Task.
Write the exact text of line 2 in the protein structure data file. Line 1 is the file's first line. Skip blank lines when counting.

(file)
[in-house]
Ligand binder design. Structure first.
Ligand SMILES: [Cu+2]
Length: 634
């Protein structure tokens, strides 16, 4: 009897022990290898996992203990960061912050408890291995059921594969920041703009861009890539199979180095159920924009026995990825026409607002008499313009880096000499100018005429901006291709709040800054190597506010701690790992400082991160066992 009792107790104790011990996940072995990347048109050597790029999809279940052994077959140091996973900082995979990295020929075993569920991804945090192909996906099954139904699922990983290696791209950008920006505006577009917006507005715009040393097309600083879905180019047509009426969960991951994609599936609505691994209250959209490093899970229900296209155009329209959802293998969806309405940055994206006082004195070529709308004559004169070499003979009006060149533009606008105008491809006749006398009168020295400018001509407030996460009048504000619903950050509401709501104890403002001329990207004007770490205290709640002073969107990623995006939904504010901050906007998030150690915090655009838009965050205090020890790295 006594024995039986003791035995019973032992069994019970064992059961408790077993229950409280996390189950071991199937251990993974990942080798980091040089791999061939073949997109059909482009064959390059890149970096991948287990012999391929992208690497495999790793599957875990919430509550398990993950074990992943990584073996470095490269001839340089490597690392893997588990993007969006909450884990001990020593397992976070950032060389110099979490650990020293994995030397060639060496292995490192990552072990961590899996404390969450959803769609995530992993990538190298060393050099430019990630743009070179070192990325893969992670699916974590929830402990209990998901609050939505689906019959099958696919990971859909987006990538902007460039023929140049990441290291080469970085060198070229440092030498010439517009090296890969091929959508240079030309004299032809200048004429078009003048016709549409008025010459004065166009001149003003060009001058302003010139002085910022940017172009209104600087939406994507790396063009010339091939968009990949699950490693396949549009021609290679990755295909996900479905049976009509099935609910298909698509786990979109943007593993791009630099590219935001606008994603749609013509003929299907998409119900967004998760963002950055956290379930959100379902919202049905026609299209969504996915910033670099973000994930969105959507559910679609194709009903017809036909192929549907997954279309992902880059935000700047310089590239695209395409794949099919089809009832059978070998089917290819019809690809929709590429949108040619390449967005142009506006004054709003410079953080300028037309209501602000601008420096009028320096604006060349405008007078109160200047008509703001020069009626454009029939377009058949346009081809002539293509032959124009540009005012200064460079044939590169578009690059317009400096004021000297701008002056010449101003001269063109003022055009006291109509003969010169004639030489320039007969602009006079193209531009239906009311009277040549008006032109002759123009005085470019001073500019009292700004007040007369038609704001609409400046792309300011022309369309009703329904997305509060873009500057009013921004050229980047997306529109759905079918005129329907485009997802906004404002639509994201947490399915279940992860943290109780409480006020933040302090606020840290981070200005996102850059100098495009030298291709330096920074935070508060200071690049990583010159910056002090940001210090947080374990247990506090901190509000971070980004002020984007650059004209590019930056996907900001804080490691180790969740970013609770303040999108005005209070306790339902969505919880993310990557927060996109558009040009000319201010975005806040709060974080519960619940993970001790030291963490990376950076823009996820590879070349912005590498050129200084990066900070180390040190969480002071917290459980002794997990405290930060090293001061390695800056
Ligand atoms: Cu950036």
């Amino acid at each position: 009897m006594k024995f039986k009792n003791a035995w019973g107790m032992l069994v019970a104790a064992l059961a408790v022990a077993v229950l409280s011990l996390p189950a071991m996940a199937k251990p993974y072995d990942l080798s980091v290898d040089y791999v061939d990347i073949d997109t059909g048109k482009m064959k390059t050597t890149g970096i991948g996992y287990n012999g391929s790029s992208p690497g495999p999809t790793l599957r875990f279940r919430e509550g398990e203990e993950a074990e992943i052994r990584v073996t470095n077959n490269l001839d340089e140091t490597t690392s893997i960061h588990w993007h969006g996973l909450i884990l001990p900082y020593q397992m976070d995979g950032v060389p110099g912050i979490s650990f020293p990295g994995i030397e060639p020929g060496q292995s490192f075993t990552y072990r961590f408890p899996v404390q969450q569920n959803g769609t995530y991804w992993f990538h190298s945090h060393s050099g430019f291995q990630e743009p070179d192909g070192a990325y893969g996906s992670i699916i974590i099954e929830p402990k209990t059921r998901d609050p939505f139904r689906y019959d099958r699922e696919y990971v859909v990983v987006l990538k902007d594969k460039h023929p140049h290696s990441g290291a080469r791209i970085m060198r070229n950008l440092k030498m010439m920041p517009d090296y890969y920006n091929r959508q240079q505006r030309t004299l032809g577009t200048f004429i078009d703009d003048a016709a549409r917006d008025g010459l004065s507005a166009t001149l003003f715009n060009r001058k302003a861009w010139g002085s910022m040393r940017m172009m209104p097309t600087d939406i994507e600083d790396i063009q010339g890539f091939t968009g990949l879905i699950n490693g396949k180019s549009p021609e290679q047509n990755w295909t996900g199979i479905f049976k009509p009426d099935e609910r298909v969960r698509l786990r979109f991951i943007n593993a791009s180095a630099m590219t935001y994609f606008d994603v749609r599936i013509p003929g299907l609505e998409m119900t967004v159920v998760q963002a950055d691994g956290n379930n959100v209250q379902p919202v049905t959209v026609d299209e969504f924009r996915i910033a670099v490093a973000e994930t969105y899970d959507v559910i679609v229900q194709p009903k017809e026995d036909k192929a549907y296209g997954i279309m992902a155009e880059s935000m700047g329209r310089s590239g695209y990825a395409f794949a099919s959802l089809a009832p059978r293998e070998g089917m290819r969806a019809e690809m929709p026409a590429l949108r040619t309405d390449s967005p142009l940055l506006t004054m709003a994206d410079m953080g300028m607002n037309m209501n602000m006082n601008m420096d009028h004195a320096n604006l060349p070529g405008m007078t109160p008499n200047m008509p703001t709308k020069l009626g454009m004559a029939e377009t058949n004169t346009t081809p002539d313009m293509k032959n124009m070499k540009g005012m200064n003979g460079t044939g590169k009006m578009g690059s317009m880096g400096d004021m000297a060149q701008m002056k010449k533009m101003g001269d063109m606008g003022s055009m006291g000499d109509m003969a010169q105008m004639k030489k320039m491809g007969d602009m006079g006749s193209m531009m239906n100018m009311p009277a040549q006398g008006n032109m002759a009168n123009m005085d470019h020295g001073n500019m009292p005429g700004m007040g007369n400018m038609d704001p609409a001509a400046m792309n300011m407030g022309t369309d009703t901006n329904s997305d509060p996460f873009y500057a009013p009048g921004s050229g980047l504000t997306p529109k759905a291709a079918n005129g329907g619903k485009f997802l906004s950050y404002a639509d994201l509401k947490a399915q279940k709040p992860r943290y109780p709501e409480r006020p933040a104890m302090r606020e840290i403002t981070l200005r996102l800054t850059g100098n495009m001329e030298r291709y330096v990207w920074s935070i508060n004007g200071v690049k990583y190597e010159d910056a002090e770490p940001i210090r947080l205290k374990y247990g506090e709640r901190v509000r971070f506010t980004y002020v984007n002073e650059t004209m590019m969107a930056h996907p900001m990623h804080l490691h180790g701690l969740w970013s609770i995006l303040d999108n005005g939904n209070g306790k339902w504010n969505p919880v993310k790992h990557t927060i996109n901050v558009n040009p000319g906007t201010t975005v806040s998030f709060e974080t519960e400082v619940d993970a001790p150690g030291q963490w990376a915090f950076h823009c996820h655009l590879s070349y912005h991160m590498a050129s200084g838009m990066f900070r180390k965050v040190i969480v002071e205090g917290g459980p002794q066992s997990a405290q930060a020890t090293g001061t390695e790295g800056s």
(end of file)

Ligand binder design. Structure first.